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Valley de Oro refuge complete

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Students from the South Valley Academy, including Sidney Alvarez, second from left, offer Secretary of the Interior Sally Jewell, left, a T-shirt before the celebration of the acquisition of the last piece of land for Valle de Oro National Wildlife Refuge on Friday. The other students include Jessica Veleta, second from right, and Karina Romero, right. (Marla Brose/Albuquerque Journal)

Students from the South Valley Academy, including Sidney Alvarez, second from left, offer Secretary of the Interior Sally Jewell, left, a T-shirt before the celebration of the acquisition of the last piece of land for Valle de Oro National Wildlife Refuge on Friday. The other students include Jessica Veleta, second from right, and Karina Romero, right. (Marla Brose/Albuquerque Journal)

ALBUQUERQUE, N.M. — Albuquerque’s representatives in Congress celebrated acquisition on Friday of the last piece of land needed to complete Valle de Oro, the 570-acre wildlife refuge in the South Valley.

They were joined by U.S. Interior Secretary Sally Jewell, who said the community partnership that pushed for the refuge is “a model for other parts of the country.”

Federal, state, local and private sources contributed the $18.5 million needed to assemble the land, which used to be the old Price’s Dairy, on south Second Street. It’s the first urban wildlife refuge in the Southwest.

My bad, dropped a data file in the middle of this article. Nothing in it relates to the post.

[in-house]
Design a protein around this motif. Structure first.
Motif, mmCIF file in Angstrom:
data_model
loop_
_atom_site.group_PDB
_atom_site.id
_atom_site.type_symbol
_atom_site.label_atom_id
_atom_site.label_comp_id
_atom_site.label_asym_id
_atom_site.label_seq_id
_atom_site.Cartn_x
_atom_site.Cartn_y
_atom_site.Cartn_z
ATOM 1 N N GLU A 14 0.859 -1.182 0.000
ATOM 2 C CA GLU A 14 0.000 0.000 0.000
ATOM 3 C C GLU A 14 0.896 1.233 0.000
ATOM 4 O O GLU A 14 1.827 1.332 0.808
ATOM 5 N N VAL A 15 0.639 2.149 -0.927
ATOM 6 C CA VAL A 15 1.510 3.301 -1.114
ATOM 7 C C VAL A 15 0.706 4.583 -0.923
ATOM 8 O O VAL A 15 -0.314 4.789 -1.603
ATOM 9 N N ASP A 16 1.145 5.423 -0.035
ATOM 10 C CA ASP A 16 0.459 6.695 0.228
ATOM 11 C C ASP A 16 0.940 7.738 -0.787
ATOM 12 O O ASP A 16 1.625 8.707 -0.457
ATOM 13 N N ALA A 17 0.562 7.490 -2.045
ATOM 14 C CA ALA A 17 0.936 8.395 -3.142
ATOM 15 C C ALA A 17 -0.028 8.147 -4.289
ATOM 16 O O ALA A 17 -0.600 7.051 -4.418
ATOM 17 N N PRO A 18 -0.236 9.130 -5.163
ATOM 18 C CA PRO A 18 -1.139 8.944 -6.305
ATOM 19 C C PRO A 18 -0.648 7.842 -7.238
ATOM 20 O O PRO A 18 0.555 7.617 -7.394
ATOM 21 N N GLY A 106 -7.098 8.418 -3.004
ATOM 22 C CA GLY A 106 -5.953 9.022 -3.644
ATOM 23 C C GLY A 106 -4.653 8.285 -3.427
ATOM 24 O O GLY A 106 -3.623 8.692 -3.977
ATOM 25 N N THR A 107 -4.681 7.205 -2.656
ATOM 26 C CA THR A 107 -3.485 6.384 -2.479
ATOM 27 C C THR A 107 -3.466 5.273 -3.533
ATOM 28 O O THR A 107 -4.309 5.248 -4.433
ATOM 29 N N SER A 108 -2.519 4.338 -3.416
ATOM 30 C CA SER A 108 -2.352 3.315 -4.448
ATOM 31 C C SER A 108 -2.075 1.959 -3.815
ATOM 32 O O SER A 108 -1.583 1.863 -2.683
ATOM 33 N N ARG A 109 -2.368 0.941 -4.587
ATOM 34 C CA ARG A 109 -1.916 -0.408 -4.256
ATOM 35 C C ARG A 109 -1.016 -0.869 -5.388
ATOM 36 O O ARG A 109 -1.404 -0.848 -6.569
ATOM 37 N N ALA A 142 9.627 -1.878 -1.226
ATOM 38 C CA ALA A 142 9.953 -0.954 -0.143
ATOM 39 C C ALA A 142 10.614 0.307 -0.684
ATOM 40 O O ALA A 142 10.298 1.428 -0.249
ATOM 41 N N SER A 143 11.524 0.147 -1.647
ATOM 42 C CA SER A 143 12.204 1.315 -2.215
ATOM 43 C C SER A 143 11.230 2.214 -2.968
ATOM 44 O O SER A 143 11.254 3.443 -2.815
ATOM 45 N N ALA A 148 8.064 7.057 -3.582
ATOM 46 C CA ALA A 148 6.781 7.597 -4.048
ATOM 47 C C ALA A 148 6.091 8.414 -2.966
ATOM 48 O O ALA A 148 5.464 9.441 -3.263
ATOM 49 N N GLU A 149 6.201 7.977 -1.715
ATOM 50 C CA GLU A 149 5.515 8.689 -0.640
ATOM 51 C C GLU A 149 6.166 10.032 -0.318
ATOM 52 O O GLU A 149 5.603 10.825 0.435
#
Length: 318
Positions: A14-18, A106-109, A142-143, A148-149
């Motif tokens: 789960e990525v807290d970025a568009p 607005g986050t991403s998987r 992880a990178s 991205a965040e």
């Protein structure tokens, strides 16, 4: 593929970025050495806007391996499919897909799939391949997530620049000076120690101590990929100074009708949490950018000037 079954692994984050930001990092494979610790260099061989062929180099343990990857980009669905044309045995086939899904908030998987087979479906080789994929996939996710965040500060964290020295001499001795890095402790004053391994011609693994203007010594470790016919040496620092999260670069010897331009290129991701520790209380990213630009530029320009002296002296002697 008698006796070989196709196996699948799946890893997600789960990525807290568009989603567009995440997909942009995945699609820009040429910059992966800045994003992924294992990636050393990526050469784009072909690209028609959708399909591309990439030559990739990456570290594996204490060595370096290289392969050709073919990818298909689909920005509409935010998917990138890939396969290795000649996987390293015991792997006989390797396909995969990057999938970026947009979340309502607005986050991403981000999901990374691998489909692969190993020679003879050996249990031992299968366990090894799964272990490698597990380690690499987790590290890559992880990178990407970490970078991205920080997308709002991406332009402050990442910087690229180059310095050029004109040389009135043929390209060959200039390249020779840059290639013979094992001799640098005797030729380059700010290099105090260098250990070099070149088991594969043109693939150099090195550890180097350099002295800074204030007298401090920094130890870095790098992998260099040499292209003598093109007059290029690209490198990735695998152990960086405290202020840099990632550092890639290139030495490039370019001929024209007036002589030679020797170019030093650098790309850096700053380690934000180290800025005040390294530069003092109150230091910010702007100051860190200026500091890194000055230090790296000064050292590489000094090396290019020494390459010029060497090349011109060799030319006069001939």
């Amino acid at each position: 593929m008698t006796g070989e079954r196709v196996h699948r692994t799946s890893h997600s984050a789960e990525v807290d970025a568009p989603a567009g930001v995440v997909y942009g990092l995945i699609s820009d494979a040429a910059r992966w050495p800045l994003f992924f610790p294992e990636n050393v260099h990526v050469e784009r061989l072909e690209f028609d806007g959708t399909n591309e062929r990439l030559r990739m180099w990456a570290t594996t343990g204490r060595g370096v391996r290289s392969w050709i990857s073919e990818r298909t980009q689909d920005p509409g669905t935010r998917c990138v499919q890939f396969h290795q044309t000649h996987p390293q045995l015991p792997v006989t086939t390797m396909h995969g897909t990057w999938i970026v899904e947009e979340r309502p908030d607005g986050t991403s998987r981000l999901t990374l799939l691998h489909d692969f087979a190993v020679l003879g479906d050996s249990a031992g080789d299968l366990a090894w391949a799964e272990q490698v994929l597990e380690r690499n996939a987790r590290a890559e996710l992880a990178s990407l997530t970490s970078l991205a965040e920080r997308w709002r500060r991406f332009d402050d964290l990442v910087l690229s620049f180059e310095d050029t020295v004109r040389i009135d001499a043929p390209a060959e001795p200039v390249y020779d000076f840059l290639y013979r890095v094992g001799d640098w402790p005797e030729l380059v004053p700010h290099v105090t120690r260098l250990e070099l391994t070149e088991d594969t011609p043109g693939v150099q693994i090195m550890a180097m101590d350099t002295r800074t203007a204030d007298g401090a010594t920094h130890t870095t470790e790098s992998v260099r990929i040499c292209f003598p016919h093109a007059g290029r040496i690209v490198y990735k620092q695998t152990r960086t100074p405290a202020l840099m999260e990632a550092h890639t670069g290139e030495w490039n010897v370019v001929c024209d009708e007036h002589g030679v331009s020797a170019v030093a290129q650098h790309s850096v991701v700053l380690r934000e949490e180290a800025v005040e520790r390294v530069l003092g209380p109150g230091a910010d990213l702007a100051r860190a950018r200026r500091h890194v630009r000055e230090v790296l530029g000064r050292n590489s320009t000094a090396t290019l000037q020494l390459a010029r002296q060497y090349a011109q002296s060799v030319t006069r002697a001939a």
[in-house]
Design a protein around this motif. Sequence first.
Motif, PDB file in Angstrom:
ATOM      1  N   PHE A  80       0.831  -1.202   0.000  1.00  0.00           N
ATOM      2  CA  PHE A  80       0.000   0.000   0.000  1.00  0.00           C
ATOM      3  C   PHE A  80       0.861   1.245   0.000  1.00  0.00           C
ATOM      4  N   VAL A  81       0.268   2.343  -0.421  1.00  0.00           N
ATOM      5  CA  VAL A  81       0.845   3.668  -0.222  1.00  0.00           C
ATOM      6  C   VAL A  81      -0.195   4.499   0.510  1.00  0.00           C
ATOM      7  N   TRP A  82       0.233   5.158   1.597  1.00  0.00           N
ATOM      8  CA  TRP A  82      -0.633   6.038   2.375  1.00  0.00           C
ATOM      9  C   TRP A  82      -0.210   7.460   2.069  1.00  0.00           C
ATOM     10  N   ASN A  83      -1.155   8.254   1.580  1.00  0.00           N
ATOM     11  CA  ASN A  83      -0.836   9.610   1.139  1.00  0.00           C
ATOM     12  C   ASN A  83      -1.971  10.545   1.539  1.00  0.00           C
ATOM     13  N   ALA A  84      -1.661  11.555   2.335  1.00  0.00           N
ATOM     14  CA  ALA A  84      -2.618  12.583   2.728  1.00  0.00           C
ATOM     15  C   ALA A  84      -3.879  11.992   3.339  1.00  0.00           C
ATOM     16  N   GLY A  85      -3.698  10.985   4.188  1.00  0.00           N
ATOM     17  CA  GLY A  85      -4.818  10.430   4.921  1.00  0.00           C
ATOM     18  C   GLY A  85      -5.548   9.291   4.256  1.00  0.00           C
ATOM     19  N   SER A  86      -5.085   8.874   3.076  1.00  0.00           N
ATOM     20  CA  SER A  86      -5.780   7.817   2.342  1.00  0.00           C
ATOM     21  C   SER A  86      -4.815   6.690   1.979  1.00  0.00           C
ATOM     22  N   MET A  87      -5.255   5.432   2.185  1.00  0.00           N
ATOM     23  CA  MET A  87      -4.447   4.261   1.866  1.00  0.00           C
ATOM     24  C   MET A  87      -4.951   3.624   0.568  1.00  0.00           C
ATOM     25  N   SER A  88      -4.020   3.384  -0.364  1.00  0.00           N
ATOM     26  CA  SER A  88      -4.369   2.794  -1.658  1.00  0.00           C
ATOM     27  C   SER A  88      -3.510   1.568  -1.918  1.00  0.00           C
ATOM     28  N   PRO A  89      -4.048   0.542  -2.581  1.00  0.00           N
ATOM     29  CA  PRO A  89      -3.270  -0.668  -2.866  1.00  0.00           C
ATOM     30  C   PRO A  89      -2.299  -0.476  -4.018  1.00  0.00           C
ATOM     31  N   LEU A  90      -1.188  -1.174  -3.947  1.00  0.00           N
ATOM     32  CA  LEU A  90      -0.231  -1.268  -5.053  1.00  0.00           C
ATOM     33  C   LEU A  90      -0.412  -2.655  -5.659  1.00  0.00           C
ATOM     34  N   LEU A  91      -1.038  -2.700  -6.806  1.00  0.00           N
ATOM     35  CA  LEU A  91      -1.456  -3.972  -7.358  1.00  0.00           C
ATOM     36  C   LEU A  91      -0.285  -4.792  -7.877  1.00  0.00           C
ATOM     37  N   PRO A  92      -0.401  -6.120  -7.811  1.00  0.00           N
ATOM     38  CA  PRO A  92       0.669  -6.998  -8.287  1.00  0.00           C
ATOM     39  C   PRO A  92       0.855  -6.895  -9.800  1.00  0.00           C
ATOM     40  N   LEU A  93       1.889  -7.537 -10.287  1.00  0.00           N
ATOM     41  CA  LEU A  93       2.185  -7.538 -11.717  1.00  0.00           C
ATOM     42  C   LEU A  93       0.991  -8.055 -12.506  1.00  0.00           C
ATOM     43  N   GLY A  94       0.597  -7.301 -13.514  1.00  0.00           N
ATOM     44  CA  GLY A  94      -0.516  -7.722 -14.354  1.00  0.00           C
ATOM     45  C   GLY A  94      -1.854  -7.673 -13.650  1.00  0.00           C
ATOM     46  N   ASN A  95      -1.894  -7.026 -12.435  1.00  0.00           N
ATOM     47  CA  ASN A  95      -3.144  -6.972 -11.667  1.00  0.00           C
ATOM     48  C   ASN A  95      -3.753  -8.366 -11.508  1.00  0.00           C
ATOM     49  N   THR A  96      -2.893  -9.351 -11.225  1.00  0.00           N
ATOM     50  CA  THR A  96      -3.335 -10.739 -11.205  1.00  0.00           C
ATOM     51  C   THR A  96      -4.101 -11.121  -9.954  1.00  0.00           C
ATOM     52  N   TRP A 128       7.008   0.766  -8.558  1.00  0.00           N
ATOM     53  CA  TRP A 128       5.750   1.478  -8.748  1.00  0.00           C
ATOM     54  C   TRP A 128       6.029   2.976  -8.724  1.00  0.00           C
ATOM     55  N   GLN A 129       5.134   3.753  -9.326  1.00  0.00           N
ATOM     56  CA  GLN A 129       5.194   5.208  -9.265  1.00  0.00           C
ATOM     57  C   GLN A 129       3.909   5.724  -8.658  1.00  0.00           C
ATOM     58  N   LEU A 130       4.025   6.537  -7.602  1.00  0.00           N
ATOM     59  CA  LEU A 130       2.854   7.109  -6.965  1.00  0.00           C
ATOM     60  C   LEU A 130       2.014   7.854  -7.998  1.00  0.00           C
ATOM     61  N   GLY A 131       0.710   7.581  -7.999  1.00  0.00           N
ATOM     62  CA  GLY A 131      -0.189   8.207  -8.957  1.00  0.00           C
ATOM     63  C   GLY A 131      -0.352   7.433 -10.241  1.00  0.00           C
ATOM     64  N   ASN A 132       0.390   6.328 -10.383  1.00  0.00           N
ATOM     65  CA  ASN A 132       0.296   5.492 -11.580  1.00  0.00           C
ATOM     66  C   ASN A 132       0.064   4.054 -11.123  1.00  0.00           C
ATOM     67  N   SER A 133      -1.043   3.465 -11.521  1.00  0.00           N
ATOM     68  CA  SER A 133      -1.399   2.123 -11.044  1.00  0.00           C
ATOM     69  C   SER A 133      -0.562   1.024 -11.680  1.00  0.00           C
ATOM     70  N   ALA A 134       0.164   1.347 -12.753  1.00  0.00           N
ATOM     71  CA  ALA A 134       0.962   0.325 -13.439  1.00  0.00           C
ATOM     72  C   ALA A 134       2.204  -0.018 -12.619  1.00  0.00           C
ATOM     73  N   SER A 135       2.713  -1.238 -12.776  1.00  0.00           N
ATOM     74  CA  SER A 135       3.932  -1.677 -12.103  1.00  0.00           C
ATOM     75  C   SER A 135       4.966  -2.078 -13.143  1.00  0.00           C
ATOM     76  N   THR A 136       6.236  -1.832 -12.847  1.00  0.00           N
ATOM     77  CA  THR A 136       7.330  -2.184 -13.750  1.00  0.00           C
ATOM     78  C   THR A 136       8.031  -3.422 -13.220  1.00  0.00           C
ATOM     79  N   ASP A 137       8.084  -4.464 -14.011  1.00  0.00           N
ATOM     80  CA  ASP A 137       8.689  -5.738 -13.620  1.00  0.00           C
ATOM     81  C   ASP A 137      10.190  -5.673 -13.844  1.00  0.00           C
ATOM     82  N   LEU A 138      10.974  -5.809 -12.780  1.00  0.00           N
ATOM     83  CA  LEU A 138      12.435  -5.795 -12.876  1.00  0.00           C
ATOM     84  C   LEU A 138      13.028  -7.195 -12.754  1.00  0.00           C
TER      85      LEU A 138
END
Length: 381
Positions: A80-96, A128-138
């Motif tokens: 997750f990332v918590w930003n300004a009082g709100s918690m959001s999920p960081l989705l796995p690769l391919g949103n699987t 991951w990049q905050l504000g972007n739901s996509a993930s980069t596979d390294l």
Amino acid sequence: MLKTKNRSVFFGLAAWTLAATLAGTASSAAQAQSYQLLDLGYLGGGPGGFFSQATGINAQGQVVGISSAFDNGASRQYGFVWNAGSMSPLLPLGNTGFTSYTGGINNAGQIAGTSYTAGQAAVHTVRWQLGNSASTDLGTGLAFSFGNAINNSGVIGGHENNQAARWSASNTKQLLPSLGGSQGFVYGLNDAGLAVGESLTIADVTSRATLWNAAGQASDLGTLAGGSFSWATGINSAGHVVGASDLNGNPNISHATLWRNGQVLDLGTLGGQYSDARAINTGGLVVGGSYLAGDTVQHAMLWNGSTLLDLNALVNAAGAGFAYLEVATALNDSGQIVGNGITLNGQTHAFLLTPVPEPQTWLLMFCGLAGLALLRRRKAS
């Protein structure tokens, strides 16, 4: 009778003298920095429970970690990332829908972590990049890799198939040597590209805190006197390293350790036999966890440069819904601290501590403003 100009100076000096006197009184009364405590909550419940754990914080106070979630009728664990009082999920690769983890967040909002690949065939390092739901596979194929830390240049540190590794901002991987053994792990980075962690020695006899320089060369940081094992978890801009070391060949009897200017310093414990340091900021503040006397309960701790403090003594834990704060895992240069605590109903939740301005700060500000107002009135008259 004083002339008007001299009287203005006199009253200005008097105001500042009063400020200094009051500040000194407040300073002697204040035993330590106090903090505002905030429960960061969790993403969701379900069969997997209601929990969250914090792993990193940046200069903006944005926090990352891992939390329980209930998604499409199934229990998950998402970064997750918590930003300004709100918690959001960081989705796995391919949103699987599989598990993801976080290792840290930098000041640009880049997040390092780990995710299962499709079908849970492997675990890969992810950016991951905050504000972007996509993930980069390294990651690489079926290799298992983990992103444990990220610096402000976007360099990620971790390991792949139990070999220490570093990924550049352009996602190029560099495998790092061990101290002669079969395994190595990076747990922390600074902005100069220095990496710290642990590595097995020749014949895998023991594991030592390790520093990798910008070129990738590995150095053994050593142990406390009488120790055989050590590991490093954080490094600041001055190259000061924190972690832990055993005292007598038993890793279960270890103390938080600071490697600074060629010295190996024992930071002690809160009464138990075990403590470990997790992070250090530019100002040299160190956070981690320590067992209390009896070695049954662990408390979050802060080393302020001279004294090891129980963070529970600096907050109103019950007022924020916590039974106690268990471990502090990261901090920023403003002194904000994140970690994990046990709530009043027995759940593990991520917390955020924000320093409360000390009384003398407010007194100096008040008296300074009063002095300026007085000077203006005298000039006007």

“Valle de Oro is tremendously important to the entire region and, in particular, to the urban region of Albuquerque, New Mexico,” Sen. Tom Udall, D-N.M., told a crowd gathered at the site. “Today is about partnership and perseverance.”

Sen. Martin Heinrich and Rep. Michelle Lujan Grisham, both Democrats from New Mexico, said it was important for children to spend time outdoors, forging a connection with nature.

Seen from the air, Heinrich said, Valle de Oro “is the last big, undeveloped chunk” of land in the South Valley.

Lujan Grisham said the space will provide education, health and other benefits.

“This is an economic boost for a community that really needs it,” she said.

Friday’s celebration focused on acquisition of the last 81 acres needed to complete the refuge.

The work will now turn to planning out how to use the site. A permanent center for visitors is among the first priorities.

In the meantime, Valle de Oro is open to the public at least one day a month. Visitors are welcome, for example, on Aug. 16 from 9 a.m. to noon.

Will Rogers, president and CEO of the Trust for Public Land, said supporters have worked on the project for years.

“The value we see in this is its proximity to the community,” he said. “This is the kind of thing we need to see more of nationally.”

Isleta Pueblo Gov. Paul Torres described it this way: “It’s a giant classroom for our kids.”

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